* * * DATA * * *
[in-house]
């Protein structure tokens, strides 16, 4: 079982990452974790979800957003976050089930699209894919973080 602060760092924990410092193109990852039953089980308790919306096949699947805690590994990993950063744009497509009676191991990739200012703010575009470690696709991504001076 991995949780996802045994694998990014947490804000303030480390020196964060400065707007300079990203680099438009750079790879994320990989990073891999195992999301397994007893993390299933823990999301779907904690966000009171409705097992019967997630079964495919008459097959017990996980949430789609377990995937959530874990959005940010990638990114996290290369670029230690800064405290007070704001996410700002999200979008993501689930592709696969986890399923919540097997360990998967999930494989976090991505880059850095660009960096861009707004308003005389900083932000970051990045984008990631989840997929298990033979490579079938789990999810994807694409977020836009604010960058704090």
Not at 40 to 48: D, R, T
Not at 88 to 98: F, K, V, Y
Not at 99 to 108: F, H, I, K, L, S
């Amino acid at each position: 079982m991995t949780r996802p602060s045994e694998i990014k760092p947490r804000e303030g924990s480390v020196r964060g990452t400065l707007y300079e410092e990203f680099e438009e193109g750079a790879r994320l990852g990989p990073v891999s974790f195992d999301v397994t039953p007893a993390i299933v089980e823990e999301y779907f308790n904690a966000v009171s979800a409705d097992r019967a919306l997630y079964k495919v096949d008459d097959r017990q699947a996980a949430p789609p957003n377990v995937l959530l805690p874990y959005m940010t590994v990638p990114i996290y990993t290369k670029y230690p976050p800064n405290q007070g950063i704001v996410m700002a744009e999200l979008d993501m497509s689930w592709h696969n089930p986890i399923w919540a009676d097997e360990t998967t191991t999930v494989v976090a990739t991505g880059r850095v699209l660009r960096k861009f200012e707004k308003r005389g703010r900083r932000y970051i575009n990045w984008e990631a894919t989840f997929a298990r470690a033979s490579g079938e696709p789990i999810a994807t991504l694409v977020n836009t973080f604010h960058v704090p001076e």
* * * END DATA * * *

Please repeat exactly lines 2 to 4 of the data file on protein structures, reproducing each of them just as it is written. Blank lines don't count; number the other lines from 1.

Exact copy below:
């Protein structure tokens, strides 16, 4: 079982990452974790979800957003976050089930699209894919973080 602060760092924990410092193109990852039953089980308790919306096949699947805690590994990993950063744009497509009676191991990739200012703010575009470690696709991504001076 991995949780996802045994694998990014947490804000303030480390020196964060400065707007300079990203680099438009750079790879994320990989990073891999195992999301397994007893993390299933823990999301779907904690966000009171409705097992019967997630079964495919008459097959017990996980949430789609377990995937959530874990959005940010990638990114996290290369670029230690800064405290007070704001996410700002999200979008993501689930592709696969986890399923919540097997360990998967999930494989976090991505880059850095660009960096861009707004308003005389900083932000970051990045984008990631989840997929298990033979490579079938789990999810994807694409977020836009604010960058704090």
Not at 40 to 48: D, R, T
Not at 88 to 98: F, K, V, Y